Difference between revisions of "CDS 101/110  State Feedback"
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This lecture introduces the concept of reachability and explores the use of state space feedback for control of linear systems. Reachability is defined as the ability to move the system from one condition to another over finite time. The reachability matrix test is given to check if a linear system is reachable, and the test is applied to several examples. The concept of (linear) state space feedback is introduced and the ability to place eigenvalues of the closed loop system arbitrarily is related to reachability. A cart and pendulum system and the predator prey problem are used as examples.  This lecture introduces the concept of reachability and explores the use of state space feedback for control of linear systems. Reachability is defined as the ability to move the system from one condition to another over finite time. The reachability matrix test is given to check if a linear system is reachable, and the test is applied to several examples. The concept of (linear) state space feedback is introduced and the ability to place eigenvalues of the closed loop system arbitrarily is related to reachability. A cart and pendulum system and the predator prey problem are used as examples.  
−  '''Wednesday:''' State Feedback Design (Notes, MP3)  +  '''Wednesday:''' State Feedback Design (Notes, [[Media:25Oct06.mp3MP3]]) 
This lecture will describe how to design state feedback controllers via eigenvalue placement. The performance of the system as a function of the placement of the closed loop eigenvalues will be described. The use of integral action and a brief introduction to LQR control will also be given.  This lecture will describe how to design state feedback controllers via eigenvalue placement. The performance of the system as a function of the placement of the closed loop eigenvalues will be described. The use of integral action and a brief introduction to LQR control will also be given. 
Revision as of 16:45, 26 October 2006
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CDS 101/110a  Schedule  Recitations  FAQ  AM06 (errata) 
Overview
Monday: Reachability and State Feedback (Slides, MP3)
This lecture introduces the concept of reachability and explores the use of state space feedback for control of linear systems. Reachability is defined as the ability to move the system from one condition to another over finite time. The reachability matrix test is given to check if a linear system is reachable, and the test is applied to several examples. The concept of (linear) state space feedback is introduced and the ability to place eigenvalues of the closed loop system arbitrarily is related to reachability. A cart and pendulum system and the predator prey problem are used as examples.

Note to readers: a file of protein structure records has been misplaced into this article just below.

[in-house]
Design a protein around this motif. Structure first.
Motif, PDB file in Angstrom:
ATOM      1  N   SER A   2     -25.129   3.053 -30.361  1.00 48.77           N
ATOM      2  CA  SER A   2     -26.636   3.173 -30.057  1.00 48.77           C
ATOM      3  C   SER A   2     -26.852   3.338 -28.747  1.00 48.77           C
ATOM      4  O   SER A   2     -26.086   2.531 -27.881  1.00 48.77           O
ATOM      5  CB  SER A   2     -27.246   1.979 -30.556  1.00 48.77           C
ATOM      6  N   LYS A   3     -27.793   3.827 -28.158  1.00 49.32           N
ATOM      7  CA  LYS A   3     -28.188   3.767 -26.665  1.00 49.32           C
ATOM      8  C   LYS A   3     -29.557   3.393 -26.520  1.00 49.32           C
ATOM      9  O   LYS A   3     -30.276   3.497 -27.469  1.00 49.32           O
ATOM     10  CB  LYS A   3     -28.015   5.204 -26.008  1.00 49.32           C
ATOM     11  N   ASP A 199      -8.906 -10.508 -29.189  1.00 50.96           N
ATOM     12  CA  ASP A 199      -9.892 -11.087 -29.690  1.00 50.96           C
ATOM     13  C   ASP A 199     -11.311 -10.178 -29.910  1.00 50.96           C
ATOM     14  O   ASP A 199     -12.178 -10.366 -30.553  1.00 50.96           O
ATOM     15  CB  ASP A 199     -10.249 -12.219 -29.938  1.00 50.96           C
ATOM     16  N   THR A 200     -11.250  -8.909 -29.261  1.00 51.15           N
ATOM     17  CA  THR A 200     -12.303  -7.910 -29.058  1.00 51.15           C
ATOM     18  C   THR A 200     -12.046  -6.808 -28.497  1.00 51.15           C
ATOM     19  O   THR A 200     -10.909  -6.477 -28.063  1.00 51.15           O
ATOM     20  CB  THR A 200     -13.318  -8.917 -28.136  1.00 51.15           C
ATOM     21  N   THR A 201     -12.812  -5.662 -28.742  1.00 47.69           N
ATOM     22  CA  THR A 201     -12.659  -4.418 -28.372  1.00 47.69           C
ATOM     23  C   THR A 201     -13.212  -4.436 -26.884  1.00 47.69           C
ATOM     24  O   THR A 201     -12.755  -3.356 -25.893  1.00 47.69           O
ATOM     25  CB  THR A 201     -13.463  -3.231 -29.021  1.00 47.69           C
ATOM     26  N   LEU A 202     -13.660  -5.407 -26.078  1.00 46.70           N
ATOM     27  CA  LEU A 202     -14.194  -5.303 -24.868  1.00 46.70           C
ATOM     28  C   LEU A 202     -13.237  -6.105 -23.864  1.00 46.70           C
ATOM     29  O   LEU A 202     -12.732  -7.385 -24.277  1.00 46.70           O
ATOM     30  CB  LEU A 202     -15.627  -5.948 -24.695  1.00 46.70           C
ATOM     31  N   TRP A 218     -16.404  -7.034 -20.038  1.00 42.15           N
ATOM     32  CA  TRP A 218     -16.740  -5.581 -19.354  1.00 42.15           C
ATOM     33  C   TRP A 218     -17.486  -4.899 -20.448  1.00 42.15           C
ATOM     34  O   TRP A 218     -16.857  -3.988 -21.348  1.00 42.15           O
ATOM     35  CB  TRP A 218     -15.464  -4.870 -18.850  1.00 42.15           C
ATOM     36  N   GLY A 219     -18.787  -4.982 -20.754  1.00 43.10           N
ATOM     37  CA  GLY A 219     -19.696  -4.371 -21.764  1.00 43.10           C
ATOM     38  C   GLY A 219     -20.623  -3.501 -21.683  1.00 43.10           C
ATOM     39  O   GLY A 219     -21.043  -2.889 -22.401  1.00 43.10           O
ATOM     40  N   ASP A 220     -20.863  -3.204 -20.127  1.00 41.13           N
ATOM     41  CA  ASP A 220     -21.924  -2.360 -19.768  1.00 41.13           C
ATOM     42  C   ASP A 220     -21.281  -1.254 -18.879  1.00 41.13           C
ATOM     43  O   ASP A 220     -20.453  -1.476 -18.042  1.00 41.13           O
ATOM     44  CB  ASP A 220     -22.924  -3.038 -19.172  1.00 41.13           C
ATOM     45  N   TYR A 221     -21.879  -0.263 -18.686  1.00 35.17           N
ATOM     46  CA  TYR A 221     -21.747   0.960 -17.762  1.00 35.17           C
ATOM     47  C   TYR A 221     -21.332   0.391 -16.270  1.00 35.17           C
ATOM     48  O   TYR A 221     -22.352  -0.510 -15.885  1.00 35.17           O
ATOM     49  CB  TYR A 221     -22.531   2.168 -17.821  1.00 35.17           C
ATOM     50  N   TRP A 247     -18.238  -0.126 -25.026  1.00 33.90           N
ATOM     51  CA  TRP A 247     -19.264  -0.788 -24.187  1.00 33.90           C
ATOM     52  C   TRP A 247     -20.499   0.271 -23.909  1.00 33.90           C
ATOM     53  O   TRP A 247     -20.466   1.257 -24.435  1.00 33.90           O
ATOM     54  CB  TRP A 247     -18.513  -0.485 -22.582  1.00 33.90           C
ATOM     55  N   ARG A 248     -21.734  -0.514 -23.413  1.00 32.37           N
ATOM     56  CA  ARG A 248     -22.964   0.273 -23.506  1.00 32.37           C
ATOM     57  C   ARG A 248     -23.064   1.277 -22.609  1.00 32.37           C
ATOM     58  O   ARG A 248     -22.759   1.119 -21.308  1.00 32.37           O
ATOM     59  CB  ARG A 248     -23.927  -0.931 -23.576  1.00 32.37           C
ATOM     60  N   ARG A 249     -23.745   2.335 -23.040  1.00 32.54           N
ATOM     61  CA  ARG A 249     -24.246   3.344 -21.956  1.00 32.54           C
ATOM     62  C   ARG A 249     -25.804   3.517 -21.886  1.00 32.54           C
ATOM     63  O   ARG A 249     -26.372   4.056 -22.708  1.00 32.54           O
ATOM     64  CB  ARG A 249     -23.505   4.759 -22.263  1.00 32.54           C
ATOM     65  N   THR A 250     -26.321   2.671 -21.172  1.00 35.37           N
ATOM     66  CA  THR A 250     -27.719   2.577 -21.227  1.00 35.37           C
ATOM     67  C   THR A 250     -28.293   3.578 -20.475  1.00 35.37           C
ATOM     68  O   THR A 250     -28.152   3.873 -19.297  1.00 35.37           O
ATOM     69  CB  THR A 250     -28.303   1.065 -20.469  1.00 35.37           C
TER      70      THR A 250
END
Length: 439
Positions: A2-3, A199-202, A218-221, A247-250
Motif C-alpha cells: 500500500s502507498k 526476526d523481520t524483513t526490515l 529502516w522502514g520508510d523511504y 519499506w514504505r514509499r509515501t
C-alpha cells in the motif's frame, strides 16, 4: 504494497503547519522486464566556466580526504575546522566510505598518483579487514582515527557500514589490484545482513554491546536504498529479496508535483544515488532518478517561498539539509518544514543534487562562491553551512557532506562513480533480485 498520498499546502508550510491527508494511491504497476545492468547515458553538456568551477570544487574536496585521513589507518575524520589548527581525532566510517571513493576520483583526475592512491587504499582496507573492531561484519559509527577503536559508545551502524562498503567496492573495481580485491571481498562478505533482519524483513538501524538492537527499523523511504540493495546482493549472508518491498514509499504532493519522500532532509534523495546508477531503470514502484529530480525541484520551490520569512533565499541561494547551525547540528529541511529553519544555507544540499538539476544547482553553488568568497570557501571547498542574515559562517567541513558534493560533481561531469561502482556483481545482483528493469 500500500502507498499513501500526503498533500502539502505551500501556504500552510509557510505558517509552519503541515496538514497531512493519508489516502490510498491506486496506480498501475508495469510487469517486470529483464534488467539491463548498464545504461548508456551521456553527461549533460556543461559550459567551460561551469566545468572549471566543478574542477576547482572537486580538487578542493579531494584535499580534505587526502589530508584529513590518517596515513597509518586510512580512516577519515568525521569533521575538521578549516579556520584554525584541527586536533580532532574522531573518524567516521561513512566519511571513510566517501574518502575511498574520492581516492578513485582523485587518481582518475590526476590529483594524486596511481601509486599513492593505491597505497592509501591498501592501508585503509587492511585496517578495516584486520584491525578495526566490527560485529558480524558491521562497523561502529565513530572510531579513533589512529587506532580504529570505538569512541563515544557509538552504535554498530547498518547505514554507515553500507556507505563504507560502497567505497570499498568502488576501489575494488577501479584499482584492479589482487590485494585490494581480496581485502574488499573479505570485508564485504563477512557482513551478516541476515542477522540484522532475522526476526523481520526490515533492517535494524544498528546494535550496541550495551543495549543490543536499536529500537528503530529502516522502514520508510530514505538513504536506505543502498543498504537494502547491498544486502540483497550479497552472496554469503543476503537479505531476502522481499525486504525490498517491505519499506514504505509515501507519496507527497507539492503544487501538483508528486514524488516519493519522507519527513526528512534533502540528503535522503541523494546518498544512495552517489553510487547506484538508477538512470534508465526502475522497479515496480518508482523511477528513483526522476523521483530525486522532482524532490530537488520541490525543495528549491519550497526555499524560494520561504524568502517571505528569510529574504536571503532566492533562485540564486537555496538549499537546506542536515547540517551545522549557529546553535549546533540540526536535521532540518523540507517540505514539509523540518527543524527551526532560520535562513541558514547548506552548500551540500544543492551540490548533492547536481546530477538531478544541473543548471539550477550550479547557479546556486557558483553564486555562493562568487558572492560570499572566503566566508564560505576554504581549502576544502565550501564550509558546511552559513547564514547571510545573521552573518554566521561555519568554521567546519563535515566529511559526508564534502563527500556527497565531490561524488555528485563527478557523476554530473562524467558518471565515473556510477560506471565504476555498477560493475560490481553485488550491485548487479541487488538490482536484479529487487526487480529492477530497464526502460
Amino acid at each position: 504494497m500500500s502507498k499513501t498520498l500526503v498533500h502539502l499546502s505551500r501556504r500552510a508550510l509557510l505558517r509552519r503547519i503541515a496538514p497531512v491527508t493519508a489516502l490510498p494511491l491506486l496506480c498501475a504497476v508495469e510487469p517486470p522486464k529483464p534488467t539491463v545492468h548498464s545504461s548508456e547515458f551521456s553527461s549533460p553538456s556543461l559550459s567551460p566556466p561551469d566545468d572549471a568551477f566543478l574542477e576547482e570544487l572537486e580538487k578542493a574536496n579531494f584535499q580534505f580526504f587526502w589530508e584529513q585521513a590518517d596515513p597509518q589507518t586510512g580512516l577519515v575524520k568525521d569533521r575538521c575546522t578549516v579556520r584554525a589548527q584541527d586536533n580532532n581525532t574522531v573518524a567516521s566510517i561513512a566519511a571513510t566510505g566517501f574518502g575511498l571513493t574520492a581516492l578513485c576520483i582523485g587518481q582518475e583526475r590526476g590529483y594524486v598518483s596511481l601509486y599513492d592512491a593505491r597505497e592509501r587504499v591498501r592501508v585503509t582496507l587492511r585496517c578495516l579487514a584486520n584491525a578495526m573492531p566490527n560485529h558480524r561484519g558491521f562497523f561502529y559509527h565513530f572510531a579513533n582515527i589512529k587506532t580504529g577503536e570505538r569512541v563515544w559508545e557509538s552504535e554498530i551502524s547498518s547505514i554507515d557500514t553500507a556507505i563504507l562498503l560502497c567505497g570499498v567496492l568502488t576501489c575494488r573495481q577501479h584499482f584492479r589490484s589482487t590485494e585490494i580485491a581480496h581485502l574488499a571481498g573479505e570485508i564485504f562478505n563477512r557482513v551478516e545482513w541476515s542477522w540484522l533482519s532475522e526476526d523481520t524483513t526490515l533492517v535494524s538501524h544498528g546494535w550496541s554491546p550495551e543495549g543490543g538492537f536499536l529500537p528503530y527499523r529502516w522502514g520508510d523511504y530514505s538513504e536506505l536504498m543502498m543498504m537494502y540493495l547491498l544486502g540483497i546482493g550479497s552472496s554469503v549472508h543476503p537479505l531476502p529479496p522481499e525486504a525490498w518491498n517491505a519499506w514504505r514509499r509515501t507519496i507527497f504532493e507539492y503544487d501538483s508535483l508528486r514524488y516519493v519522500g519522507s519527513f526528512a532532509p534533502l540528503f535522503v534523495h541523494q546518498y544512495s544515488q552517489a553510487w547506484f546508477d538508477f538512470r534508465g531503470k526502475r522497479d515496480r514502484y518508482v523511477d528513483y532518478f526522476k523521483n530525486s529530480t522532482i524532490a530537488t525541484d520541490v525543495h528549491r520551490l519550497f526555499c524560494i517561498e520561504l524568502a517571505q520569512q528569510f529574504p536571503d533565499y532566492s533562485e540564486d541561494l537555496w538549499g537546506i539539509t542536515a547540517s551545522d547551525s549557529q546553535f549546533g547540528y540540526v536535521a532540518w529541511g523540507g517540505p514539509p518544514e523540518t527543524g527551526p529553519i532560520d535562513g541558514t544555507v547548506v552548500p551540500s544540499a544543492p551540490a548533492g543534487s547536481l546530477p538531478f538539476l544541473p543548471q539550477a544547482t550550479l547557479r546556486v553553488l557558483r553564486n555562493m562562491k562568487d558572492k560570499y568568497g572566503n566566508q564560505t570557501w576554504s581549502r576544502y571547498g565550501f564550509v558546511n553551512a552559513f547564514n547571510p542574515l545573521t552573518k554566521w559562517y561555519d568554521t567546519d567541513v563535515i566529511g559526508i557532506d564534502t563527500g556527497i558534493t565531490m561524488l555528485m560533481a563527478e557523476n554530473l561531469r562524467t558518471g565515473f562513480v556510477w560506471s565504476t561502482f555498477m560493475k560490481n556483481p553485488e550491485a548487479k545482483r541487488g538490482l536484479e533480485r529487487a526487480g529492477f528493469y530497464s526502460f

Wednesday: State Feedback Design (Notes, MP3)
This lecture will describe how to design state feedback controllers via eigenvalue placement. The performance of the system as a function of the placement of the closed loop eigenvalues will be described. The use of integral action and a brief introduction to LQR control will also be given.
Friday: Midterm review
Handouts
Monday

Wednesday (CDS 110)

Friday 
Reading
 K. J. Åström and R. M. Murray, Feedback Systems: An Introduction for Scientists and Engineers, Preprint, 2006. Chapter 6  State Feedback.
Midterm
The exam will consist of 35 problems, covering the material in the first five weeks of the course (including reachability and state feedback). The exam will be open book. You may use the course notes, any of the optional texts (Friedland, FranklinPowell and EmamiNaeni, Leonard and Levin, Strogatz, or Kuo), course handouts, lecture notes, course problem sets and solutions, and your own handwritten notes. No other books are allowed.
You may use a computer or calculator for carrying out numerical computations. MATLAB may be used but is not required. You are not allowed to use the Internet during the exam (except for accessing local computing resources, such as MATLAB/SIMULINK), but you may download or print out copies of presentations, notes, FAQs, or other material posted on the course web site (CDS 101 or 110). You are not allowed to print out contents of other sites for use while taking the exam (although you can take handwritten notes on the sites and use your own notes in the exam).
The exam will be due by 5 p.m. Tuesday, 31 October, in the box outside 102 Steele. Please write your solutions in a fresh exam book (blue book). We have to grade a large collections of exams in a short time and it makes things much simpler to manage if everyone uses a bluebook.
FAQ
Monday <ncl>CDS 101/110 FAQ  Lecture 51</ncl> Wednesday <ncl>CDS 101/110 FAQ  Lecture 52</ncl> Friday <ncl>CDS 101/110 FAQ  Lecture 53</ncl> Homework <ncl>CDS 101/110 FAQ  Midterm</ncl>